The regulator requires banks to publicly disclose financial and other information and depositors and other creditors are able to use this information to assess the level of risk and to make investment decisions. As a result of this, the bank is subject to market discipline and the regulator can also use market pricing information as an indicator of the bank's financial health.


Instruments and requirements


Capital requirement

The capital requirement sets a framework on how banks must handle their
capital Capital most commonly refers to: * Capital letter Letter case (or just case) is the distinction between the letters that are in larger uppercase or capitals (or more formally ''majuscule'') and smaller lowercase (or more formally ''minusc ...
in relation to their
asset In financial accounting Financial accounting is the field of accounting Accounting or Accountancy is the measurement, processing, and communication of financial and non financial information about economic entity, economic entities such a ...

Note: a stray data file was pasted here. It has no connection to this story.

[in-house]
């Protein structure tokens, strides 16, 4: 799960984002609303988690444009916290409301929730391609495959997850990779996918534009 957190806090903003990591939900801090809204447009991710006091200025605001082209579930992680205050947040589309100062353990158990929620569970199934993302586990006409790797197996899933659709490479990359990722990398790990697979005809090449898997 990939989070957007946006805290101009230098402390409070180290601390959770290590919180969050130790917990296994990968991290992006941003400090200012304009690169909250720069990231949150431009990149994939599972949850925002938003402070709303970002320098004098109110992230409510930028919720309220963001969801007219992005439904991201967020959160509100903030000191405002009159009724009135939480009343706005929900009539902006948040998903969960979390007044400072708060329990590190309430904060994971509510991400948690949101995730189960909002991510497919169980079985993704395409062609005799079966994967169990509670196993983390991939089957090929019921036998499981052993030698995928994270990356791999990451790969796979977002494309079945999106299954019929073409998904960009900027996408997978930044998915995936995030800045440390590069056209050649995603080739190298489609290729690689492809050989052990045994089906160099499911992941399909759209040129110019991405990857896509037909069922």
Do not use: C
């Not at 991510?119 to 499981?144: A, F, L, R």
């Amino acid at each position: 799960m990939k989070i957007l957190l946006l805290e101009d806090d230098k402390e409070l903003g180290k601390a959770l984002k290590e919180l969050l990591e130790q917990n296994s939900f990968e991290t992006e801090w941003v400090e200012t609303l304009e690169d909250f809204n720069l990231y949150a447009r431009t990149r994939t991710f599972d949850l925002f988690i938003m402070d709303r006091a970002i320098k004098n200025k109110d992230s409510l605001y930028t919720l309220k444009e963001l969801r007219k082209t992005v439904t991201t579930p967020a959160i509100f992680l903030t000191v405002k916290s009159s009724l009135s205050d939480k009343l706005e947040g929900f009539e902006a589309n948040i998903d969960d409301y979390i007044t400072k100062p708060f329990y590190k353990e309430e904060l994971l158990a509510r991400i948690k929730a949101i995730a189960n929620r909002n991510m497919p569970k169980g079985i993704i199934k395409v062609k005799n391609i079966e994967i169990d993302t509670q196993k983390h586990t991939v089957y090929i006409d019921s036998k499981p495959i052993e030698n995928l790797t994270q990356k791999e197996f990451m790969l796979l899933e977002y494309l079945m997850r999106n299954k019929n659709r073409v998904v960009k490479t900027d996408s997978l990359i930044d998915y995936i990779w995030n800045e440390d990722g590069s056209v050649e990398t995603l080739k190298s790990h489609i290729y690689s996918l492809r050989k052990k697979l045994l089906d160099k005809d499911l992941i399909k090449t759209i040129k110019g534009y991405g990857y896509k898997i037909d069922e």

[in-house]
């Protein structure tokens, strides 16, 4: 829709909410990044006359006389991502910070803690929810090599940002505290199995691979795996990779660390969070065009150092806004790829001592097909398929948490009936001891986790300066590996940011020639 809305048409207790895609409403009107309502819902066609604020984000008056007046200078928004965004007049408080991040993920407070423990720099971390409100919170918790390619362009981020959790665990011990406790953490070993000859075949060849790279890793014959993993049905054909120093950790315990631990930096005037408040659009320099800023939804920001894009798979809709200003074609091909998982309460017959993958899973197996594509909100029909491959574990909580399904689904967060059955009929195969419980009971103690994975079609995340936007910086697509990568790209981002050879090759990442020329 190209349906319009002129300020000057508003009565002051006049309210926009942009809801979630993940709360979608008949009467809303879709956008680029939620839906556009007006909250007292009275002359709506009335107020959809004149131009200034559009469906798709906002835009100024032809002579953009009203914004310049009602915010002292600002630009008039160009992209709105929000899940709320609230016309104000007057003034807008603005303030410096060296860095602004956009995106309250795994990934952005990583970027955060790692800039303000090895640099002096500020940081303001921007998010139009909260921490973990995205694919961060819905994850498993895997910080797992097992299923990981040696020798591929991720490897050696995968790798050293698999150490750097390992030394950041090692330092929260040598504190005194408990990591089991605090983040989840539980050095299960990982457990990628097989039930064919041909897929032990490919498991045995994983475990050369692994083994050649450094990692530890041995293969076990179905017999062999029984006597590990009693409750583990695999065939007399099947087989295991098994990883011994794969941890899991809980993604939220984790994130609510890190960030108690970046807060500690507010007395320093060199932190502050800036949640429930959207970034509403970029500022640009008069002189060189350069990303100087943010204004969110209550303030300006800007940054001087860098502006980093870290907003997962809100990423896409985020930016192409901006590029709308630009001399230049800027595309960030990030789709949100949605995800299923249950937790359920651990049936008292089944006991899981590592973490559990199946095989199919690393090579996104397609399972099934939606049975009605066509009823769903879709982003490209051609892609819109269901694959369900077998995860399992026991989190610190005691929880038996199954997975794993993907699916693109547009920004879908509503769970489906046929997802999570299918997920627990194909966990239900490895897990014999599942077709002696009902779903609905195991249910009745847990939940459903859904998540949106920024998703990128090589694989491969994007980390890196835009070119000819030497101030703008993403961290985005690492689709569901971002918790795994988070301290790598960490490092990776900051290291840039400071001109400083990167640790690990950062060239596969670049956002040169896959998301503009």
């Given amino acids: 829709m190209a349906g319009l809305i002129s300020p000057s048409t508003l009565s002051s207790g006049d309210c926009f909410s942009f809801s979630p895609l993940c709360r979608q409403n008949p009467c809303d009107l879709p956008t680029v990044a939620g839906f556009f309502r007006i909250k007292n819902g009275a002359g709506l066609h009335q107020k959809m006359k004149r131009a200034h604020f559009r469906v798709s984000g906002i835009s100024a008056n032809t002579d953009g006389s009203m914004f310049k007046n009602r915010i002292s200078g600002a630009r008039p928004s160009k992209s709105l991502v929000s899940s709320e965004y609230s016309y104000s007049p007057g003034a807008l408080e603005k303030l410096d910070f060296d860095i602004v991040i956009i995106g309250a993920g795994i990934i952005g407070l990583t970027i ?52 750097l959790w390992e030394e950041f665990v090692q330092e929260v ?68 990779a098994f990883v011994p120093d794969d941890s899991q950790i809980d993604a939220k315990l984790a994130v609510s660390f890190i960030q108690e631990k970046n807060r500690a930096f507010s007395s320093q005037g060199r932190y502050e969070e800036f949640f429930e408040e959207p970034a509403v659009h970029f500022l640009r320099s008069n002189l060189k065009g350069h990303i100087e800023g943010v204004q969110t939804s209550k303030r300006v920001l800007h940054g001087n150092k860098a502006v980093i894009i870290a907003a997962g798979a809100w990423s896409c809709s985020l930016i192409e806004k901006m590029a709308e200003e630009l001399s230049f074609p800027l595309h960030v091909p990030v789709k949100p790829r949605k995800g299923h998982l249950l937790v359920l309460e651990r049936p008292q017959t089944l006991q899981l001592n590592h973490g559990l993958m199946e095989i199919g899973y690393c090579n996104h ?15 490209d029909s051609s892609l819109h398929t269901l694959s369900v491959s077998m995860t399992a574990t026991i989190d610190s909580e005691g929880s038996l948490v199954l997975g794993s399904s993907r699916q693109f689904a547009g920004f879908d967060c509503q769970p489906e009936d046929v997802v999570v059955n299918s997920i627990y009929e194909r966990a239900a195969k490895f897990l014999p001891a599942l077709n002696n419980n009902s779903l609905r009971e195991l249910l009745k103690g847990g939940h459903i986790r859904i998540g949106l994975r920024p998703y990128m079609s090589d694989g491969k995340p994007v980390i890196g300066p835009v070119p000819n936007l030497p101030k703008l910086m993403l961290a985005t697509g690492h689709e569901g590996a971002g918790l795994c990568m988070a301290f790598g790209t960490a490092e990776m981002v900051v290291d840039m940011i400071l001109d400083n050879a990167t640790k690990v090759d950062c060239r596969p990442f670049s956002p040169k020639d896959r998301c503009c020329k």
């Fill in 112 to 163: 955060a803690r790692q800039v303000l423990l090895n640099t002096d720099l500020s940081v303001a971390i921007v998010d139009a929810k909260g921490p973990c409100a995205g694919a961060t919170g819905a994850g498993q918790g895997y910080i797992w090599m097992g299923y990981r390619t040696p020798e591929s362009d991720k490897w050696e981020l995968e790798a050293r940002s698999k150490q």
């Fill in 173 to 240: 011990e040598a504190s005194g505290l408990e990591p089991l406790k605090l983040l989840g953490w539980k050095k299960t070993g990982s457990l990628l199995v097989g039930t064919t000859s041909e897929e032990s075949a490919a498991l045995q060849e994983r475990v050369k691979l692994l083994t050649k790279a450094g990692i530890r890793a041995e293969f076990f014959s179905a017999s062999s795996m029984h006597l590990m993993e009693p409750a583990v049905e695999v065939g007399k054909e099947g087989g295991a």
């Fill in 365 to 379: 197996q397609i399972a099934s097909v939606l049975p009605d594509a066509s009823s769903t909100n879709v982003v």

s. Internationally, the
Bank for International Settlements The Bank for International Settlements (BIS) is an international financial institution An international financial institution (IFI) is a financial institution that has been established (or chartered) by more than one country, and hence is subject ...

Bank for International Settlements
'
Basel Committee on Banking Supervision 300px, BCBS headquarters. The Basel Committee on Banking Supervision (BCBS) is a committee of banking supervisory authorities that was established by the central bank governors of the Group of Ten (economic), Group of Ten countries in 1974. The co ...
influences each country's capital requirements. In 1988, the Committee decided to introduce a capital measurement system commonly referred to as the Basel Capital Accords. The latest capital adequacy framework is commonly known as
Basel III Basel III (or the Third Basel Accord or Basel Standards) is a global, voluntary regulatory framework on bank capital adequacy A capital requirement (also known as regulatory capital or capital adequacy) is the amount of capital a bank A ...
. This updated framework is intended to be more risk sensitive than the original one, but is also a lot more complex.


Reserve requirement

The reserve requirement sets the minimum
reserves Reserve or reserves may refer to: Places * Reserve, Kansas, a US city * Reserve, Louisiana, a census-designated place in St. John the Baptist Parish * Reserve, Montana, a census-designated place in Sheridan County * Reserve, New Mexico, a US vil ...
each
bank A bank is a financial institution Financial institutions, otherwise known as banking institutions, are corporation A corporation is an organization—usually a group of people or a company—authorized by the State (polity), state ...

bank